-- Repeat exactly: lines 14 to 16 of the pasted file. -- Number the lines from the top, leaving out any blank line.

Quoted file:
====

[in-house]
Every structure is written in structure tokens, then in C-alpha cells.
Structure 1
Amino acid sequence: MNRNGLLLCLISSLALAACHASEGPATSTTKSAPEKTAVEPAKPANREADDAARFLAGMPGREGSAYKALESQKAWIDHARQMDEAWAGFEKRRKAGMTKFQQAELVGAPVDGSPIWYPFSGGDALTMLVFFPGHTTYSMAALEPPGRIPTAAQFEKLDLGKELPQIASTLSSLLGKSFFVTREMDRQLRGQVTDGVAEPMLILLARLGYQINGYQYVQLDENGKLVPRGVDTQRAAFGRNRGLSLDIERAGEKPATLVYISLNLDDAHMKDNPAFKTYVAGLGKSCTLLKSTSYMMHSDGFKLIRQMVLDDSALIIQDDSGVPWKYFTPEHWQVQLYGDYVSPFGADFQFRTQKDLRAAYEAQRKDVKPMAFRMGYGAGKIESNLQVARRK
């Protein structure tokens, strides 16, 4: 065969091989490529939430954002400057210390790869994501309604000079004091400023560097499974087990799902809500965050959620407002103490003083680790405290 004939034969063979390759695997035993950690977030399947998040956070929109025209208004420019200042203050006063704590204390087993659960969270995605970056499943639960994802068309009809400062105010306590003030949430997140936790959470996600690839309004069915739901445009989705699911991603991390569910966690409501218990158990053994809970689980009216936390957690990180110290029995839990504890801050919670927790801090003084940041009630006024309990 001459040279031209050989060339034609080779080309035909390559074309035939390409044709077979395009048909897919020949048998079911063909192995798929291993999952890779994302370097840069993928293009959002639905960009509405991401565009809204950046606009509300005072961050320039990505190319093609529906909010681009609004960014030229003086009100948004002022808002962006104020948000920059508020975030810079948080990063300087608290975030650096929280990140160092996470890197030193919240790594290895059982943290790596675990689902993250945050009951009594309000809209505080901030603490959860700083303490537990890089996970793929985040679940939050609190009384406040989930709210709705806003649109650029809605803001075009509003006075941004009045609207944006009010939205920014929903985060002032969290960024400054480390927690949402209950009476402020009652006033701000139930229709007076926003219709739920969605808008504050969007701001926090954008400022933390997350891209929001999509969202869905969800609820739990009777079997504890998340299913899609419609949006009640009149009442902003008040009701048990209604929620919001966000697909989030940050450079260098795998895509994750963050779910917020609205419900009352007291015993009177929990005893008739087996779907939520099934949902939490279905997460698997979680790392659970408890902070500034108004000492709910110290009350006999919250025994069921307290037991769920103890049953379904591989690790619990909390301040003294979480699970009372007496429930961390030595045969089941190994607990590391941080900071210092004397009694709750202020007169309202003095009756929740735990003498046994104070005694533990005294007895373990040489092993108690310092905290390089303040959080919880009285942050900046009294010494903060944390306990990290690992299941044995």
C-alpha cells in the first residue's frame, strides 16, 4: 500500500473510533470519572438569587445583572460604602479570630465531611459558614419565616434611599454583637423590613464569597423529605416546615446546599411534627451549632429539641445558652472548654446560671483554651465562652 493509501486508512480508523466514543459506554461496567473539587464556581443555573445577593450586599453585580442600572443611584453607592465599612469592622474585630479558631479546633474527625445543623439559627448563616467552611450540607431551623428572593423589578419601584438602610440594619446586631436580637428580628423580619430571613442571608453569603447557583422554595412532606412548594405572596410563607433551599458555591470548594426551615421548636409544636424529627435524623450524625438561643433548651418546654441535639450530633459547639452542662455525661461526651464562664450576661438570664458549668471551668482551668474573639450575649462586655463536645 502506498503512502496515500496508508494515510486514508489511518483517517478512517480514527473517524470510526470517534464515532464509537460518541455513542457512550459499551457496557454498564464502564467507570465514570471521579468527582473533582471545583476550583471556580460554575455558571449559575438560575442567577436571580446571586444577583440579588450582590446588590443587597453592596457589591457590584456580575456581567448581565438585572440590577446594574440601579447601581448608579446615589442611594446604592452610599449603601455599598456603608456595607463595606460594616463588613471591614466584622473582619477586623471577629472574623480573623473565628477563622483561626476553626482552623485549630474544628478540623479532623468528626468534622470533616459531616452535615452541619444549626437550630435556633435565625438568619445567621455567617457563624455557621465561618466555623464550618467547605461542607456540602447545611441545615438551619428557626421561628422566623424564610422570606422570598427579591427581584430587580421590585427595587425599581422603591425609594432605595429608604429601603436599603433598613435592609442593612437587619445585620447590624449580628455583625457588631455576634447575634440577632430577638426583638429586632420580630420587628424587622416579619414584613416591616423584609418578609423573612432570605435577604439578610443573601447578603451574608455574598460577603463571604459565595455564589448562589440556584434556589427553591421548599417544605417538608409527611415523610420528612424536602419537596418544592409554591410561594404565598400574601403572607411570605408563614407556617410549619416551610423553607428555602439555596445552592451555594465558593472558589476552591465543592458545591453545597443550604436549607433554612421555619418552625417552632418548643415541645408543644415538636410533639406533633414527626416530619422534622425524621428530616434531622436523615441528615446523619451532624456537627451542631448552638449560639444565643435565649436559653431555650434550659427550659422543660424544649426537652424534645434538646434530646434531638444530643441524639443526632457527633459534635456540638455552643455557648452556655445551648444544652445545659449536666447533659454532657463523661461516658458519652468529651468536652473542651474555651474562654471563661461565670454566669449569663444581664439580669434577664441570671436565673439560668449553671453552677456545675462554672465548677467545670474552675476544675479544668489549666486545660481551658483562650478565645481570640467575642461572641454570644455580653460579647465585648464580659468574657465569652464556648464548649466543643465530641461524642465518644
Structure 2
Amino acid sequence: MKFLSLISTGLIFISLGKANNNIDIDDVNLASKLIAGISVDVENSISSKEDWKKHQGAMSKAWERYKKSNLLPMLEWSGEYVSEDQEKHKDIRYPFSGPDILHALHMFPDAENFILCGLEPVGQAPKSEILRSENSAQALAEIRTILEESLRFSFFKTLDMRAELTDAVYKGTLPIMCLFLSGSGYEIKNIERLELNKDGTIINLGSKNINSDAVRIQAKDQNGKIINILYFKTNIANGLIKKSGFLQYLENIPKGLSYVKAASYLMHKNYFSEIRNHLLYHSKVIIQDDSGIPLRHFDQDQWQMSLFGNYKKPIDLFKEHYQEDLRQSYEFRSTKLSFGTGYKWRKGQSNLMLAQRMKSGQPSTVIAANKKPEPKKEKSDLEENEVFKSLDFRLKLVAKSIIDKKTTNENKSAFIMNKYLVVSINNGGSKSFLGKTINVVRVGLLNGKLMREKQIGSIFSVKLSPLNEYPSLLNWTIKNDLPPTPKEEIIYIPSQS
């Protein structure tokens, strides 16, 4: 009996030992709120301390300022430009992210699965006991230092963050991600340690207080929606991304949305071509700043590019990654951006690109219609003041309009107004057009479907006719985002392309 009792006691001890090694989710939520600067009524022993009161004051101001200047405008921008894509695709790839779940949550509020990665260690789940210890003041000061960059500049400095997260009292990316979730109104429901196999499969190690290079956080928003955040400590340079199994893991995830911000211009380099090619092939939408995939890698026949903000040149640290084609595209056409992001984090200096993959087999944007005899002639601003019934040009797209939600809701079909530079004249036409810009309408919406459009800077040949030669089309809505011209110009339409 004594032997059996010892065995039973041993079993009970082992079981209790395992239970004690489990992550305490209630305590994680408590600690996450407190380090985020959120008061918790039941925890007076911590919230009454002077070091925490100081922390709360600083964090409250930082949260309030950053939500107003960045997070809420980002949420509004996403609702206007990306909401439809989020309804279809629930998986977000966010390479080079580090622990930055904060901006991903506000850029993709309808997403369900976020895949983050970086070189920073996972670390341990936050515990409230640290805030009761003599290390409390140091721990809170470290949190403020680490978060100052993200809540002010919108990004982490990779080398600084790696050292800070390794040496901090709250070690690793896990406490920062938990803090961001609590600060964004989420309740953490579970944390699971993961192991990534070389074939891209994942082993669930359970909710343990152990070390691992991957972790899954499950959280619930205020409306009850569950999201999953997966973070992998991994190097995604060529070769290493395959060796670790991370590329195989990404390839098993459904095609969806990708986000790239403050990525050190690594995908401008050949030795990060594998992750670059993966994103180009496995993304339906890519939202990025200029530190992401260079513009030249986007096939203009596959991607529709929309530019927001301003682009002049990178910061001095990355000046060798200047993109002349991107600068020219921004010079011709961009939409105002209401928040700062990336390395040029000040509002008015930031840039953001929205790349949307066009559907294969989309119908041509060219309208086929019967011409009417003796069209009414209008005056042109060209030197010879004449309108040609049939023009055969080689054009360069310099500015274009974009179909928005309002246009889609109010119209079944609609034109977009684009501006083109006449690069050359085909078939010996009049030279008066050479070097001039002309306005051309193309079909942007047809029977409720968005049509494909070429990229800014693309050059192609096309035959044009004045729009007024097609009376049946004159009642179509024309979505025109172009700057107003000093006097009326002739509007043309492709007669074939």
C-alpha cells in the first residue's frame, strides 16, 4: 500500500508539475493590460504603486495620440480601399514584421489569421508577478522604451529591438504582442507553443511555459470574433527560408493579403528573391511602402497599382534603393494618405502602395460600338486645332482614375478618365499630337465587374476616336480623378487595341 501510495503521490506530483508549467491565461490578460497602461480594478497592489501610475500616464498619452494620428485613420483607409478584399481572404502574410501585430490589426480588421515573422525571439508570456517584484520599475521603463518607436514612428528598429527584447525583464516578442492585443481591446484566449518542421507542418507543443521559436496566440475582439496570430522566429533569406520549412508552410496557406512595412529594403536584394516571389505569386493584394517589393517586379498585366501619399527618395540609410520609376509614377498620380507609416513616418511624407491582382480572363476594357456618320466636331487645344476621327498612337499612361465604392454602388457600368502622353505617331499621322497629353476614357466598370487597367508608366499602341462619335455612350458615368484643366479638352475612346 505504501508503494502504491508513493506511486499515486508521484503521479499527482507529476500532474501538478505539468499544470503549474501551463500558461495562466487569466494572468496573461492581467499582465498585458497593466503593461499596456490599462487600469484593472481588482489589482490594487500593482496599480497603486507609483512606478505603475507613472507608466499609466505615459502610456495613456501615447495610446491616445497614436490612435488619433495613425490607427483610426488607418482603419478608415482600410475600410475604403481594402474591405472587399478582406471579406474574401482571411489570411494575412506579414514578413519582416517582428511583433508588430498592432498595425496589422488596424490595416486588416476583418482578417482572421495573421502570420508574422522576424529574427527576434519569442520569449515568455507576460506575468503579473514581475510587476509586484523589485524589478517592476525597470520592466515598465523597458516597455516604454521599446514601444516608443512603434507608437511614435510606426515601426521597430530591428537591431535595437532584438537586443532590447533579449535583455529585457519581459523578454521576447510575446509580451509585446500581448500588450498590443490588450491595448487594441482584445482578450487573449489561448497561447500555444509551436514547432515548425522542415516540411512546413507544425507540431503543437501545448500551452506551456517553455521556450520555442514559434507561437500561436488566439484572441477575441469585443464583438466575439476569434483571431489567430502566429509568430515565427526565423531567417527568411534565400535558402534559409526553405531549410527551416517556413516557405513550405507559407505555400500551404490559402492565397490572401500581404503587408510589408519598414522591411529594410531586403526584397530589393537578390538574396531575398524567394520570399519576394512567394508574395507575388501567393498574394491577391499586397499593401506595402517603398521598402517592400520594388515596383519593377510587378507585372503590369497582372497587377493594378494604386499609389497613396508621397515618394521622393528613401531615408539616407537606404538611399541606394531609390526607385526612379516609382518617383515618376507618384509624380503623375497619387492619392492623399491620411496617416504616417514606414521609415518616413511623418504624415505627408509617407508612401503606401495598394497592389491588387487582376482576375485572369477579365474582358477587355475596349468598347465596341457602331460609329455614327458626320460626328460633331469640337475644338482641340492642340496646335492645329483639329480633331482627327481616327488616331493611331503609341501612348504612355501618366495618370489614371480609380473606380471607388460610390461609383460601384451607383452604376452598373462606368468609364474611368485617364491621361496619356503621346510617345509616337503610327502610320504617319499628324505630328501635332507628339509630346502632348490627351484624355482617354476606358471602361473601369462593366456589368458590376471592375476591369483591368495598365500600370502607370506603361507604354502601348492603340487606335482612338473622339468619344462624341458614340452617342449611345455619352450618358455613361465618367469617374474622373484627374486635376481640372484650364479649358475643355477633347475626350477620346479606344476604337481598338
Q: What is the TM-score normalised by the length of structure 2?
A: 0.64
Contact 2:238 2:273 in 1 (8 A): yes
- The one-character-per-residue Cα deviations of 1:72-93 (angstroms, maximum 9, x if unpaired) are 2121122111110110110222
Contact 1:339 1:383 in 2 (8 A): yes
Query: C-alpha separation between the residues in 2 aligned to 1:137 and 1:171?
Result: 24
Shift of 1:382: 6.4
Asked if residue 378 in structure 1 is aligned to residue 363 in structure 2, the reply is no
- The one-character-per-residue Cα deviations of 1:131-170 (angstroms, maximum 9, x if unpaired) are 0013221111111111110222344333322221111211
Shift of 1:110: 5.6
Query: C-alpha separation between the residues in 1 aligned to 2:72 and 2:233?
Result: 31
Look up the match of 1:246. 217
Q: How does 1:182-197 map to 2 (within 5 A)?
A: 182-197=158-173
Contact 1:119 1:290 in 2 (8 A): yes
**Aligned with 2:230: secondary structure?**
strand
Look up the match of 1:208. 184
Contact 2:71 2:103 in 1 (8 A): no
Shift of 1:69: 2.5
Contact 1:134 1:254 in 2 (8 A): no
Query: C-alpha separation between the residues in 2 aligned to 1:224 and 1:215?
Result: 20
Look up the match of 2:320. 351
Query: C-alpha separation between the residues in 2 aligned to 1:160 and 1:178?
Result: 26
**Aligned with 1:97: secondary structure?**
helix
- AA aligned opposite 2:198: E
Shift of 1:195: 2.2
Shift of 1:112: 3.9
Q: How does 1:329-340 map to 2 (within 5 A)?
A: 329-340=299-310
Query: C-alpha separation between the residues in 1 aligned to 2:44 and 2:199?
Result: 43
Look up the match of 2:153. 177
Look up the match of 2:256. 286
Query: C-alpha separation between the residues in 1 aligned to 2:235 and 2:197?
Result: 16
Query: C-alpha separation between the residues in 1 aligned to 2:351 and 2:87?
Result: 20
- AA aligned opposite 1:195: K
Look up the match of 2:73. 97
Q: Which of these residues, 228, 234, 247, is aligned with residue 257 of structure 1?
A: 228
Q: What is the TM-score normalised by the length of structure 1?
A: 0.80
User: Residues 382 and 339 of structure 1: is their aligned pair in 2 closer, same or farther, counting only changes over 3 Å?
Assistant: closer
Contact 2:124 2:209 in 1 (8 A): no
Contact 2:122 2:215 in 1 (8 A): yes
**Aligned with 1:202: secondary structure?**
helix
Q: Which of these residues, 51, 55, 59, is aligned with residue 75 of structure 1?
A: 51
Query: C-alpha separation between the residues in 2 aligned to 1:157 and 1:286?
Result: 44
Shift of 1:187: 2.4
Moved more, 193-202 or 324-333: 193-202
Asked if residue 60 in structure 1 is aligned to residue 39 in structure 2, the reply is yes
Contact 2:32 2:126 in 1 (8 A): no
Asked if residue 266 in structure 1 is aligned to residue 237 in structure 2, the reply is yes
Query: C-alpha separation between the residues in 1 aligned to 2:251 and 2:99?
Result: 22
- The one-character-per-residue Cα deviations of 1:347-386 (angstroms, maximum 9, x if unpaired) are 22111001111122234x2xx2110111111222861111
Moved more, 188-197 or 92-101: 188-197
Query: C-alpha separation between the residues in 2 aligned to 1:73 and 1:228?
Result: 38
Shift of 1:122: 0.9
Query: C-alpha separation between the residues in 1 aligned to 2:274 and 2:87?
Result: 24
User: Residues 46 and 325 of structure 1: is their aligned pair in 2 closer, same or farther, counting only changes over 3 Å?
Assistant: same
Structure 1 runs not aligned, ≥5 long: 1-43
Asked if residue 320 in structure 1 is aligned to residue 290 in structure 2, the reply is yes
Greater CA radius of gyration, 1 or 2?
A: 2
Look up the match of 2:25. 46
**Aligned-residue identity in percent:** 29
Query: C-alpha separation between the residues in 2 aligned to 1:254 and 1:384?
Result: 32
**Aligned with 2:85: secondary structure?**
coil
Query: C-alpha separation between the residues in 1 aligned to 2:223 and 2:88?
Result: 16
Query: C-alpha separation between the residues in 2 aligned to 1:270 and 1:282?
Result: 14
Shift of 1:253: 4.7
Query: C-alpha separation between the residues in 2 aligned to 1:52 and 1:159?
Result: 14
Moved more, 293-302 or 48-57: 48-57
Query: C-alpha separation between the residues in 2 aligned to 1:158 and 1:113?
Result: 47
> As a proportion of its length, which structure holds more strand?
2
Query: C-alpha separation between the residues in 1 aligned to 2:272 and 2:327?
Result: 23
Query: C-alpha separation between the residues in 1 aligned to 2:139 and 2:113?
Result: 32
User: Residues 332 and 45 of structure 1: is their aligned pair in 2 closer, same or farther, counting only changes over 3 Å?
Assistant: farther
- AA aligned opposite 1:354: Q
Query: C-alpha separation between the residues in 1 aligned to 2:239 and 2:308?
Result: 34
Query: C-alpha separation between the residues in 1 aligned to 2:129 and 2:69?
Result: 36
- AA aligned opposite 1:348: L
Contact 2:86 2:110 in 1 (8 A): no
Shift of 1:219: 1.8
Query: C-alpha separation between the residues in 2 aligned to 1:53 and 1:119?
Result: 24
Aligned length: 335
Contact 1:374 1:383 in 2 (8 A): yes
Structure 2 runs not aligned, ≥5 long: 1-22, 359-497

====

- The one-character-per-residue Cα deviations of 1:72-93 (angstroms, maximum 9, x if unpaired) are 2121122111110110110222
Contact 1:339 1:383 in 2 (8 A): yes
Query: C-alpha separation between the residues in 2 aligned to 1:137 and 1:171?